Furthermore how healthy a portion of meat is will depend on how it is cooked, as some methods may provide additional fat such as deep frying,  or some methods may be more destructive such as using high temperatures to seal in the flavor and charring your meat.

The quality of the sourced meat is also important, namely the diet of the animal from which it was sourced. Free range animals and wild animals tend to have better quality meat than those that are factory farmed.

What should I avoid in meat? 

You should avoid meats that are high in fat, processed, and high in preservatives. Also, some meats such as those farmed from larger-sized portions may need to be consumed sparingly, due to the concentrations of mercury and other substances. 

Whenever possible, avoid meats that are factory farmed, as their diets will likely be thrown together, rather than carefully spanned out to meet both the animal’s and your nutritional needs, the way free-range animals are.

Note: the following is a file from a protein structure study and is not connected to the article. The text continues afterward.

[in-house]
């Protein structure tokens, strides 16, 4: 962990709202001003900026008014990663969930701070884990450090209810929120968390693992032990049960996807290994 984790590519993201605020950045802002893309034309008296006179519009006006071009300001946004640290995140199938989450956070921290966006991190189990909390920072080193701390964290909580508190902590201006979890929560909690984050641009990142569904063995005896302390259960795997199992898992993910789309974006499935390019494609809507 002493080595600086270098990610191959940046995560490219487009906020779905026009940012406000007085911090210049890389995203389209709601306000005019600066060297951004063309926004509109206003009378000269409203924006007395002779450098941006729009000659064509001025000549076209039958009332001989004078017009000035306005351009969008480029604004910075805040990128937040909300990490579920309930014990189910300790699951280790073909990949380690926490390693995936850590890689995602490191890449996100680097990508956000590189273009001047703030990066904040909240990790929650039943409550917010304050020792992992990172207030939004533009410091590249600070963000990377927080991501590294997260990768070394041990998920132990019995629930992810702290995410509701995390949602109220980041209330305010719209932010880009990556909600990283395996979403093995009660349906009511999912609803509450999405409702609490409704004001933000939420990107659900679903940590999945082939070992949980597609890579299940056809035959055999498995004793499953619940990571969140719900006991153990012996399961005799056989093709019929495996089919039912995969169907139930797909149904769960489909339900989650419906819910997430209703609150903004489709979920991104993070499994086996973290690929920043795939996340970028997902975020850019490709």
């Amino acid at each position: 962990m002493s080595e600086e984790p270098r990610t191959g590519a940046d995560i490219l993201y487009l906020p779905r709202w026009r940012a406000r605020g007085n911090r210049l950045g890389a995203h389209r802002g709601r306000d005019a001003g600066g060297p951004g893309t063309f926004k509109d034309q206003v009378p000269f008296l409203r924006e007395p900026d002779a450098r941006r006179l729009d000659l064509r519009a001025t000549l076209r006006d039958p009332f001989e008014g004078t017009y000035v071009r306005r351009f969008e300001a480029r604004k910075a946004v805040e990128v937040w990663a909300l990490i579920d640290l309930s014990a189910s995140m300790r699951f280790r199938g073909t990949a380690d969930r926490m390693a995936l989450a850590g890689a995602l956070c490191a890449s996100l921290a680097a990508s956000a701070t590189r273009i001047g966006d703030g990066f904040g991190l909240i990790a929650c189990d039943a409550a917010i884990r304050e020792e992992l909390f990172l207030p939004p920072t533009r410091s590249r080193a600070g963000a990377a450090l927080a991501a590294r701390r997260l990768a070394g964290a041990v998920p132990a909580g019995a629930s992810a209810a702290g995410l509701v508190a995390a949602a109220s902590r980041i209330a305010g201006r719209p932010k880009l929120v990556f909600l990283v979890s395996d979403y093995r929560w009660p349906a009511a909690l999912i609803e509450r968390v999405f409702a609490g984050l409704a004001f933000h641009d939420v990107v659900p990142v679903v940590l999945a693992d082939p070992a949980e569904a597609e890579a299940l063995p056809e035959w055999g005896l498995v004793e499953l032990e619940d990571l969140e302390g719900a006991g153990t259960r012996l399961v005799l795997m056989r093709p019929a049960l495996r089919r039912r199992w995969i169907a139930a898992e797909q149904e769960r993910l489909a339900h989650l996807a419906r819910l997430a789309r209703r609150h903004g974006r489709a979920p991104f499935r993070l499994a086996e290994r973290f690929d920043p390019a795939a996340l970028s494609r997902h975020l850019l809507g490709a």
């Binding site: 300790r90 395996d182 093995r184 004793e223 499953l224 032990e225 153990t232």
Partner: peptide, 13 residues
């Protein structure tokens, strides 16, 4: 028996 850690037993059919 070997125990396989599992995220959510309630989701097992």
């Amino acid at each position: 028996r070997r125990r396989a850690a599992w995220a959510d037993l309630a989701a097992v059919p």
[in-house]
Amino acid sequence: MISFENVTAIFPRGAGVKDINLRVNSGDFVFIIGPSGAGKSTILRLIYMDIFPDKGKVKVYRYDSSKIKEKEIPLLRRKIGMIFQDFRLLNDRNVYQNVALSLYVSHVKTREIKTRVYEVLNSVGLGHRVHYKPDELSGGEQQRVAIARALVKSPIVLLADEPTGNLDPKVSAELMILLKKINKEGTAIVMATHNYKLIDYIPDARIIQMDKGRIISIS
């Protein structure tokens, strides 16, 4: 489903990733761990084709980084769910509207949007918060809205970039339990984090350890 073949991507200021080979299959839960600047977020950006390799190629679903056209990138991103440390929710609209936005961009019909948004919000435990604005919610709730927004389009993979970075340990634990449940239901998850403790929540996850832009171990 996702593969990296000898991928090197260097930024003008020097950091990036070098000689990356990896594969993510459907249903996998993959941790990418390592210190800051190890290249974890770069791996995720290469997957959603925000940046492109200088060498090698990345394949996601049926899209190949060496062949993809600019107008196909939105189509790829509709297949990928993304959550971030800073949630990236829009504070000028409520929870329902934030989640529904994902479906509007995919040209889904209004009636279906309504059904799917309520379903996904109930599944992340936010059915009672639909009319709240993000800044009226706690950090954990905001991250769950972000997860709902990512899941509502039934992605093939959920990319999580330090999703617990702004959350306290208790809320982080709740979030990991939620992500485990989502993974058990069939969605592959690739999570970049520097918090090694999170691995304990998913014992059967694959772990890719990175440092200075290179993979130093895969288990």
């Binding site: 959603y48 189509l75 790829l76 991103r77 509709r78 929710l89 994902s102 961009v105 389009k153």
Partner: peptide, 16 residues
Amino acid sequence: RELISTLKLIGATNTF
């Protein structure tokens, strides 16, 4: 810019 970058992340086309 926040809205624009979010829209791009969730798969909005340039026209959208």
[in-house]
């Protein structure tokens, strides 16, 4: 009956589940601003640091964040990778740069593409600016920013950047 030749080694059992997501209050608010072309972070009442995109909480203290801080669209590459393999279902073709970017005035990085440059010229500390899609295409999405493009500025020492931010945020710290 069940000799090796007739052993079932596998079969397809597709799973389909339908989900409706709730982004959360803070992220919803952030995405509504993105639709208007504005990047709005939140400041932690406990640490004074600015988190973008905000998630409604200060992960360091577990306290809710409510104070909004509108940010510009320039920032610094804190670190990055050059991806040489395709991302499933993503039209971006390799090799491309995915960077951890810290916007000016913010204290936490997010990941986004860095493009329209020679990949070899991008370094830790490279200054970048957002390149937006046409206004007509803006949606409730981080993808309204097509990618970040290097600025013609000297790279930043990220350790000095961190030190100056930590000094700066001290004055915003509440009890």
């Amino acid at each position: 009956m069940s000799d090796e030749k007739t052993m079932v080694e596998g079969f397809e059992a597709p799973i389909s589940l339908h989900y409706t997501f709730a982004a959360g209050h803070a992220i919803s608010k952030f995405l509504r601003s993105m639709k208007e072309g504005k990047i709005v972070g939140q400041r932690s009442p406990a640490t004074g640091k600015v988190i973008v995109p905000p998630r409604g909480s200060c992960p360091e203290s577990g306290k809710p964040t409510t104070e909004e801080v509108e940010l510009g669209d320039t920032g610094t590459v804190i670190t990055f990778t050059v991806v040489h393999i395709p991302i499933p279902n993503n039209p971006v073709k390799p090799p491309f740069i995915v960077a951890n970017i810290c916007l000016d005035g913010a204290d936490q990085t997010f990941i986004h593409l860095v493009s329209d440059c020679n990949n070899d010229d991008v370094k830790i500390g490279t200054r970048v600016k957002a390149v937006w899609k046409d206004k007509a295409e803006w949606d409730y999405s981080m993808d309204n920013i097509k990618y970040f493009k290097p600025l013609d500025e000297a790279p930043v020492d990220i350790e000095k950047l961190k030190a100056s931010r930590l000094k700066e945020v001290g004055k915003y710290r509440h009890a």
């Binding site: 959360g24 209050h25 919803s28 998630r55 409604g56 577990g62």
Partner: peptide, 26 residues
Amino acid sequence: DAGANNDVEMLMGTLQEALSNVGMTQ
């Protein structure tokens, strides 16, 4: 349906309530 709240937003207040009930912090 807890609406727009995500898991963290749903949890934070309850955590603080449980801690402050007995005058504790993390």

Naturally, when procuring meat, you should regard low sale prices as suspicious. It may indicate subpar handling of the meat and as a result, it may have a shorter shelf-life that can cause it to spoil prematurely, or even cause symptoms of food sickness if consumed. 

Always purchase meat from reputable establishments that comply with local and federal sanitary guidelines. In the unlikely event that you do become sick, these guidelines assure accountability from the responsible party.  

What are the health risks of eating processed meat? 

The health risks associated with eating processed meat stem from the fact that it is usually high in sodium, and fat and it contains preservatives. 

Excessive sodium consumption may increase the risk of stomach cancer, high blood pressure, heart disease, the formation of kidney stones, and other disorders. 

Excessive fat consumption can also increase the risk of circulatory problems, heart disease, and other associated conditions.